2012 Random House India
317 pages; 9 chapters
Leading companies around the world such as GE, Google, PepsiCo, Philips, Renault-Nissan, Siemens, Facebook, Suzlon, Tata Group, and Yes Bank are practising various principles of jugaad or frugal innovation and are learning from grassroots innovators in emerging economies such as India, according to the authors of this informative book. These principles are also being adopted by many NGOs and governments around the world.
Though many in India would argue that jugaad is not just frugal or flexible innovation but sometimes also a makeshift workaround or ‘bandage’ solution and not true innovation, this term seems to have stuck and is finding acceptance in Western business jargon as well. But even for those who do not attach a romantic or positive connotation to jugaad, this book offers six useful principles of frugal and flexible innovation, and two practical chapters on scaling these principles from the individual to the organisational and national levels.
Jugaad innovation is less like Western classical music and more like jazz (an analogy I like, considering I am also a jazz RJ/editor!). I have summed up these principles of innovation, along with some sample examples, in Table 1 below. Some of these principles may apply to bottom-up or customer-centric innovation in general, and not just jugaad.
Table 1: Principles of Jugaad Innovation
“Innovation is going to be critical for India – not only for growth and competitive advantage, but also to ensure our future development is sustainable and inclusive,” according to Sam Pitroda, chairman of India’s National Innovation Council. The innovations need to manage with scarce resources, and be affordable and environmentally sustainable. “Today we are a nation of a billion connected people,” says Pitroda, and this will change industry, education and government in India.
Jugaad thrives in environments which are harsh, politically and economically unstable, bureaucratic, culturally diverse, with poor infrastructure and inadequate access to finance and skilled human resources. But this requires companies to see the proverbial half-empty glass as half-full.
The authors show that the ‘jugaad’ model also exists in other countries under different names, eg. zizhu chuangxin (in China) and Systeme D or Systeme Debrouillard (in France). “Jugaad was once a big part of Western innovation too,” according to the authors, who cite Benjamin Franklin and the Wright brothers as jugaad innovators.
Unfortunately this spirit seems to have been lost as Western corporations institutionalised innovation and standardised processes for all activities including creativity. But in today’s fast-moving world with economic upheavals coupled with agile entrepreneurs, the structured approach to innovation is too expensive, resource consuming, inflexible, elitist and insular.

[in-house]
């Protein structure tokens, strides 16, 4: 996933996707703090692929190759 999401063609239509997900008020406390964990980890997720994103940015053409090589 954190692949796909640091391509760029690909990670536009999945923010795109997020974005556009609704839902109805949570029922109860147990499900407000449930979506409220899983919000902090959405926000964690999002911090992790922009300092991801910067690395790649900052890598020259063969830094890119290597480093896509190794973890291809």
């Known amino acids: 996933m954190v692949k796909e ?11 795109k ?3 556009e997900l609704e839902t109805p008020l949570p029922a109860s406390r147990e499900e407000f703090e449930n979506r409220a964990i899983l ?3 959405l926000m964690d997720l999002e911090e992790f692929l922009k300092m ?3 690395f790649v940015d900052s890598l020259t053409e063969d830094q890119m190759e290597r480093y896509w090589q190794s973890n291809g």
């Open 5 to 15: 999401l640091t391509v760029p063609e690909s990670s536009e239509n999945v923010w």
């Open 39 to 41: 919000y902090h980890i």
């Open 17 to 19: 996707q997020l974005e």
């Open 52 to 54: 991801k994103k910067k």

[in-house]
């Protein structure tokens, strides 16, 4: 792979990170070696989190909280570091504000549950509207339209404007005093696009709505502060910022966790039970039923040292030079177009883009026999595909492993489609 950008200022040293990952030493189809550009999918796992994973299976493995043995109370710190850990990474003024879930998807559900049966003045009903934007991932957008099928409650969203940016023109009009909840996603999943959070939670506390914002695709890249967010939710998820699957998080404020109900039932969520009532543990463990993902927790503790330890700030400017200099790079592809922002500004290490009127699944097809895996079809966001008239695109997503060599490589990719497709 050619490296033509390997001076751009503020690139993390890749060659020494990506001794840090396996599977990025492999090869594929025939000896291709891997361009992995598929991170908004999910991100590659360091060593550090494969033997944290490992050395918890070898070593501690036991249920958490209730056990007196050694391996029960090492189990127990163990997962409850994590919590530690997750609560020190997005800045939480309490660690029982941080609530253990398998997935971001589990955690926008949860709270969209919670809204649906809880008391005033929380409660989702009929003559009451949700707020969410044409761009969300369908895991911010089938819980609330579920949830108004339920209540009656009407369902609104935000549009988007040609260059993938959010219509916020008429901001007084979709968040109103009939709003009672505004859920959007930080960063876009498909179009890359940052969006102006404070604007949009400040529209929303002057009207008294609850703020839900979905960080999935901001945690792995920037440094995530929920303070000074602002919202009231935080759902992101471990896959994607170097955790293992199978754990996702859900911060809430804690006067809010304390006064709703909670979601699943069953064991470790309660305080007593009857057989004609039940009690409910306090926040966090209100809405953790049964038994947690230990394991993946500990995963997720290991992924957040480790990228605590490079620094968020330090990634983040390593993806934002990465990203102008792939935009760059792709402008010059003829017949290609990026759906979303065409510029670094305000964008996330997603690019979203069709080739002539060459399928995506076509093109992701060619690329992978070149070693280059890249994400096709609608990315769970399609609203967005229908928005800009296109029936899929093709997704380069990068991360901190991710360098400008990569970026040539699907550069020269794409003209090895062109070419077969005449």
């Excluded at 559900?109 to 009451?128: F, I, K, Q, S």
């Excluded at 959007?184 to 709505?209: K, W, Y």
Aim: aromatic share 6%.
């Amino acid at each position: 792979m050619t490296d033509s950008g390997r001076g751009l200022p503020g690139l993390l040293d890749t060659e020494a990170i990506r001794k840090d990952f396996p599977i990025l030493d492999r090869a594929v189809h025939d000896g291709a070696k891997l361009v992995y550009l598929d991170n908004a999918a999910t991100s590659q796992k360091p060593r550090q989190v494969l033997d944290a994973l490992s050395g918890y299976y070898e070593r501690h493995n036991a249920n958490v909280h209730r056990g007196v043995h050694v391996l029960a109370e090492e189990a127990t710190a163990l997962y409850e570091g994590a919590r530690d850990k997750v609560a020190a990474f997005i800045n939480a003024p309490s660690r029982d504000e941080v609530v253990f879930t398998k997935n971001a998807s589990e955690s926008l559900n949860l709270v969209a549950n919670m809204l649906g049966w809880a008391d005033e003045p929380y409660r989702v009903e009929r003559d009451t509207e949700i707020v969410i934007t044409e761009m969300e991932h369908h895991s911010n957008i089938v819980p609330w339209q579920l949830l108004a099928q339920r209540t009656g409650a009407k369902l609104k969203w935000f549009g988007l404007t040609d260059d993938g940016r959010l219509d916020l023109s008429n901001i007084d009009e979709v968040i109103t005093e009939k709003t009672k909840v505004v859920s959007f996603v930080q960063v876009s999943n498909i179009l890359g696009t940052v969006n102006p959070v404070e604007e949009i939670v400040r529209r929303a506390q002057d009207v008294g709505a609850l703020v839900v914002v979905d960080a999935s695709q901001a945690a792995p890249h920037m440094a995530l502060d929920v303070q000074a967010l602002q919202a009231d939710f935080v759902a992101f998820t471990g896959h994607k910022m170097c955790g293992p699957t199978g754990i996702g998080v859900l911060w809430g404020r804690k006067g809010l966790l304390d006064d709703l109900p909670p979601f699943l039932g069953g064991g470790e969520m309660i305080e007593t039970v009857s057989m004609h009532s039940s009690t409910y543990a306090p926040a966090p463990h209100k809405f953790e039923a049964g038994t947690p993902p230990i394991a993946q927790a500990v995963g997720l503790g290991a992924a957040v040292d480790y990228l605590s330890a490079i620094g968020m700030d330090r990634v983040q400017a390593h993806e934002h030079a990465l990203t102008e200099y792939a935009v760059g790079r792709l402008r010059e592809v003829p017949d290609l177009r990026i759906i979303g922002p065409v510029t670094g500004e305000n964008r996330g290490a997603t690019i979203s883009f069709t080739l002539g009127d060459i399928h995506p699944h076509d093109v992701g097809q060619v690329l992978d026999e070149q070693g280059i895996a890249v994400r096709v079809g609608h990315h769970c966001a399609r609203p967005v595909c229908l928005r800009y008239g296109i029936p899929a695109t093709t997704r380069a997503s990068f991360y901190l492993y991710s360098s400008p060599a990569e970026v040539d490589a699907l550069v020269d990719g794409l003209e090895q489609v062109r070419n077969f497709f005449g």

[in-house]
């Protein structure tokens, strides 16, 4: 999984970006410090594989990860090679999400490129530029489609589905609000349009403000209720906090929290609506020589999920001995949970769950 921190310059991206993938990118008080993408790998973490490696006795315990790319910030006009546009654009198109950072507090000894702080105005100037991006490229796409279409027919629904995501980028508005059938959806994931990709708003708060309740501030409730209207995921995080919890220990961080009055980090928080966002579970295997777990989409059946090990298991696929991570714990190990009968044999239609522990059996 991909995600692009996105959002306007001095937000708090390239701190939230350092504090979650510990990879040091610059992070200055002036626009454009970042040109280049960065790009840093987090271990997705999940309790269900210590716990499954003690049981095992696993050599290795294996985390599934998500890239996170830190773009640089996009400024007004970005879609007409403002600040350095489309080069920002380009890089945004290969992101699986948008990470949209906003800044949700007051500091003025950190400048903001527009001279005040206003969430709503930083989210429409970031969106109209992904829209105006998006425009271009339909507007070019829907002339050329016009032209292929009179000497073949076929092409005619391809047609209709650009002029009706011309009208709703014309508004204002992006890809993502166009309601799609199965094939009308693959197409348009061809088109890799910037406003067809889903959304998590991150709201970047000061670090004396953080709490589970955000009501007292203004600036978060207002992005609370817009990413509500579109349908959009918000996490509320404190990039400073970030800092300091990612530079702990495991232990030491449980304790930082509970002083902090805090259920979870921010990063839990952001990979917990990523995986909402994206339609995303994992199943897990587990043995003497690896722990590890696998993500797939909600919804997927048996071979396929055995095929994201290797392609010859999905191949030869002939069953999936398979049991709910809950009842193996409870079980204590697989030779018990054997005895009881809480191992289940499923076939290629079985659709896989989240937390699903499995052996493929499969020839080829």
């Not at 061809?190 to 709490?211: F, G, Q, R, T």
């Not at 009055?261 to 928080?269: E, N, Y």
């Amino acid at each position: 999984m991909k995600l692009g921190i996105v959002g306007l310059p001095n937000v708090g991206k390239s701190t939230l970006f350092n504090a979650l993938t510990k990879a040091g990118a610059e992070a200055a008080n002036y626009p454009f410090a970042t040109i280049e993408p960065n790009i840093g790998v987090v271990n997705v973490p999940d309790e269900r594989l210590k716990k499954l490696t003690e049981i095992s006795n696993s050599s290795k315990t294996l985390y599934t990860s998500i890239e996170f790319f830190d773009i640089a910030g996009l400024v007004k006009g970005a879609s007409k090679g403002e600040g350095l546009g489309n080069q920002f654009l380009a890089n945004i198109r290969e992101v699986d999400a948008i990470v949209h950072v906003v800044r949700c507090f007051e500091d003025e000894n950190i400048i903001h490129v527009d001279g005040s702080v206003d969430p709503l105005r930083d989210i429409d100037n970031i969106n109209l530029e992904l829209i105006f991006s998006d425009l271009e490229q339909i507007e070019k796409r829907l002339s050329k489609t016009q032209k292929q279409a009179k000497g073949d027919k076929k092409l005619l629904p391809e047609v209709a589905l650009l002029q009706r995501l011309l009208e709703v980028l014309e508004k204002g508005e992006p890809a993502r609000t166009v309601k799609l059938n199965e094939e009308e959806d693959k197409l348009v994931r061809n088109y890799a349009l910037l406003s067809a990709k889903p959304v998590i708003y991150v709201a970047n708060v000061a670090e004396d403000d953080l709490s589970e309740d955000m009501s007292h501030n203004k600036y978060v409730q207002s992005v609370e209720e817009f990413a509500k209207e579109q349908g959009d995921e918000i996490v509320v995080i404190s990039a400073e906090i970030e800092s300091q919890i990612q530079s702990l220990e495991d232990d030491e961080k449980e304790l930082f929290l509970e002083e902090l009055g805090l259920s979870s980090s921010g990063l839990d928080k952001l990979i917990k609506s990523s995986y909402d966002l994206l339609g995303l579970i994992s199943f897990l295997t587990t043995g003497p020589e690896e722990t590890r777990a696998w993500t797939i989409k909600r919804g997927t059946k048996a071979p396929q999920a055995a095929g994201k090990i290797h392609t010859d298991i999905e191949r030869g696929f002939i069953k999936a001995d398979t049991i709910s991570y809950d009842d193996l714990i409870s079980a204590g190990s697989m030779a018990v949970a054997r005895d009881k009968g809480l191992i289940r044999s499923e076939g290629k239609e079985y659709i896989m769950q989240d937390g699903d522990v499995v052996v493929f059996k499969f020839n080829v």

The authors caution that jugaad should not replace but complement existing structured innovation practices in big companies. Companies also need to be able swing between these two kinds of innovation practices, rather than find an elusive balance in the middle. The authors cite GE Healthcare as a good example of a company which integrates Six Sigma along with jugaad, eg. its MAC portable and affordable ECG devices, Vscan portable ultrasound scanners. Other companies such as IBM, HCL and TCS have effectively used social media to organise massive and intensive brainstorming sessions.
The authors end with an intriguing list of university and government initiatives for building ‘jugaad nations.’ I have summarised them in Table 2 below.
Table 2: Government, University and Global Initiatives for the Jugaad Movement
Notable trends identified in the book include the disruptive innovations emerging from software startups and services. “Silicon Valley entrepreneurs – and startups in high-tech hotpots like Bangalore, Chennai and Pune – are targeting marginal segments that have long been ignored by brick-and-mortar companies in capital-intensive sectors such as healthcare, telecom, finance, education and energy,” the authors explain.
In sum, this is an informative and interesting read for all those involved in innovation and entrepreneurship in emerging economies and the global impacts of such innovation models.
Navi Radjou is the Executive Director of the Centre for India & Global Business at the Judge Business School at the University of Cambridge. He is a strategy consultant to leading organizations worldwide, and has published a 10-part report series titled India: The Innovation Giant (Re) Awakens.
Jaideep Prabhu is the Jawaharlal Nehru Professor of Indian Business and Enterprise and Director of the Centre for India & Global Business at the University of Cambridge. He has consulted with or taught executives from top tier companies around the world.
Simone Ahuja is the Founder and Principal of Blood Orange Media, a vertically integrated media company based in Minneapolis, USA. Her company Blood Orange, develops, produces and distributes non-fiction television programs in genres that include travel, history, and business, and develops concepts for fiction programming.
About Madanmohan Rao